Which department acts like a lightening rod within your organization? You know that if they are called to participate in a meeting that it will be both productive and enjoyable. You smile anticipating the meeting, even leaving your smartphone and laptop on your desk because you know it will be completely engrossing.
(Side note: If you don’t have such a department, find higher ground now. You deserve a culture that spawns them organically.)
Enjoying your work at work is not frivolous. I am not talking about such forced fun as ice cream socials, awkward outings, or miniature golf in the hallways, but actual fun doing actual work. Study after study shows the tangible benefits of productivity and play.
Is this ideal even possible? Can work be fun? Yes. Take heart from these high-performance masters.
Noel Coward said, “Work is much more fun than fun?” Or as Steve Jobs was fond of saying, “The only way to do great work is to love what you do.”
Can you name a person or two you’ve meet in your career that radiate such passion and joy? What was it like to work with them? How did it feel? What were the results? What made the experience so memorable?
Here’s the real question: Could it be you? Can you be that person at your organization? That lightning rod?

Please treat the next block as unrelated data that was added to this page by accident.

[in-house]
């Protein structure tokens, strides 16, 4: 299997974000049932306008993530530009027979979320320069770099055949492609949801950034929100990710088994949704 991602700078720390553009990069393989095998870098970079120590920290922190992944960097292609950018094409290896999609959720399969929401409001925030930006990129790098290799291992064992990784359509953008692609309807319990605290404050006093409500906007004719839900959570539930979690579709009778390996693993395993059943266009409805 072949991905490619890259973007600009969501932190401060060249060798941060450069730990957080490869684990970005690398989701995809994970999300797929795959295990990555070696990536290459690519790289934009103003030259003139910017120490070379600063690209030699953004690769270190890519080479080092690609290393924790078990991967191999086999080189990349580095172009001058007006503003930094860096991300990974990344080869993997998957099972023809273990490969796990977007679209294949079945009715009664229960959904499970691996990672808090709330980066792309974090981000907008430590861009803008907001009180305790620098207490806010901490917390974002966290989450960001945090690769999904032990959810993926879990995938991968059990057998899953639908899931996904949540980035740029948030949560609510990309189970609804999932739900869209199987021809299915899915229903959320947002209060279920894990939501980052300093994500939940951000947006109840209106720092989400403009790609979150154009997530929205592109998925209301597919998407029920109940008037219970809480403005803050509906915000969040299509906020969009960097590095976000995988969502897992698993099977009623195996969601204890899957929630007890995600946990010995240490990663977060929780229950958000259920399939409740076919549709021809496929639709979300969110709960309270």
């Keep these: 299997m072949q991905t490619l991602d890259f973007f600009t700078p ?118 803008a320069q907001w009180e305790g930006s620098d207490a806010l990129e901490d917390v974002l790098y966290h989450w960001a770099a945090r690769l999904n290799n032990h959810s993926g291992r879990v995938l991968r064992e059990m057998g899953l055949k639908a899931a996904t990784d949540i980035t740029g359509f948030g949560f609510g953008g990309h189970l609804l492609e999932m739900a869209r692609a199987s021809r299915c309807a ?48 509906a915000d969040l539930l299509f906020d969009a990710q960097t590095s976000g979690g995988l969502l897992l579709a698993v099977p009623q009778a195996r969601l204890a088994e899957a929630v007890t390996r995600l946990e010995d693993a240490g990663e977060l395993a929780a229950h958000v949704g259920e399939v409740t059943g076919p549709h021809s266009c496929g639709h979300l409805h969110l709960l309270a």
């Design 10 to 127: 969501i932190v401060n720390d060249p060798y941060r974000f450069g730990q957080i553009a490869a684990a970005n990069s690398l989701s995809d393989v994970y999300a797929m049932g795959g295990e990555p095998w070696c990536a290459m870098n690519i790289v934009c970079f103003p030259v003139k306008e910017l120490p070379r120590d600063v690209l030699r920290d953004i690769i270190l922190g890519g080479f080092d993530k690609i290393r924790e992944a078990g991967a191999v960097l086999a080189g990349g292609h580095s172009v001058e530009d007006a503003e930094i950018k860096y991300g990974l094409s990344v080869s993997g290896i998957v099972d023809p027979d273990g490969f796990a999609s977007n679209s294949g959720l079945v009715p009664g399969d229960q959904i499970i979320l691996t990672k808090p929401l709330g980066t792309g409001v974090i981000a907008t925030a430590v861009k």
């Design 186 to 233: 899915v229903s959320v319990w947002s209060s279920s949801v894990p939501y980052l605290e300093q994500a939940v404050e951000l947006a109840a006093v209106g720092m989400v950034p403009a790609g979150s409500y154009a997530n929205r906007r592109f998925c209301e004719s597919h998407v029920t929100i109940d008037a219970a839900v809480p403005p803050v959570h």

Can you lead that department? Can you become that agent of goodwill, productivity, and positivity? Living and working at this edge has many pluses.
You’ll be called on for special projects that are high profile and high impact. You will be known for the valuable soft skills for which leading companies highly compensate: your collaboration skills, creativity, planning, strategy, facilitation ability, and most importantly, your ability to inspire each individual in the meeting.
The HR department has read all of the studies. They know that you are responsible for such things as reduced employee turnover, higher productivity, more collaboration, creating option value, and making the workplace generally healthier.
The leadership will depend on you for mission critical projects and programs. Soon, you may find yourself presenting to the Board or speaking at an annual company meeting.
Chronic complainers and water-cooler agents of gossip will stay clear of you—and this invisible wall may be the biggest benefit of seeing yourself as that department.
One danger, however, is that the timid will seek to protect their turf. This concern is often more important to them than progress. If you are assigned to help a failing project or division, you have to build trust and common ground as the first part of the assignment. Only after making sure they understand that you are there to help them will they stop blocking every suggestion. Be honest, but be kind. Don’t play games. Mediocre performers are frightened by high performers but need their help. Winning their trust will be your hardest task.
Life is short, Play to win. Be that person, that department. It’s fun and profitable.
Image credit: Pixabay
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Michael Graber is the managing partner of the Southern Growth Studio, an innovation and strategic growth firm based in Memphis, TN and the author of Going Electric. Visit www.southerngrowthstudio.com to learn more.
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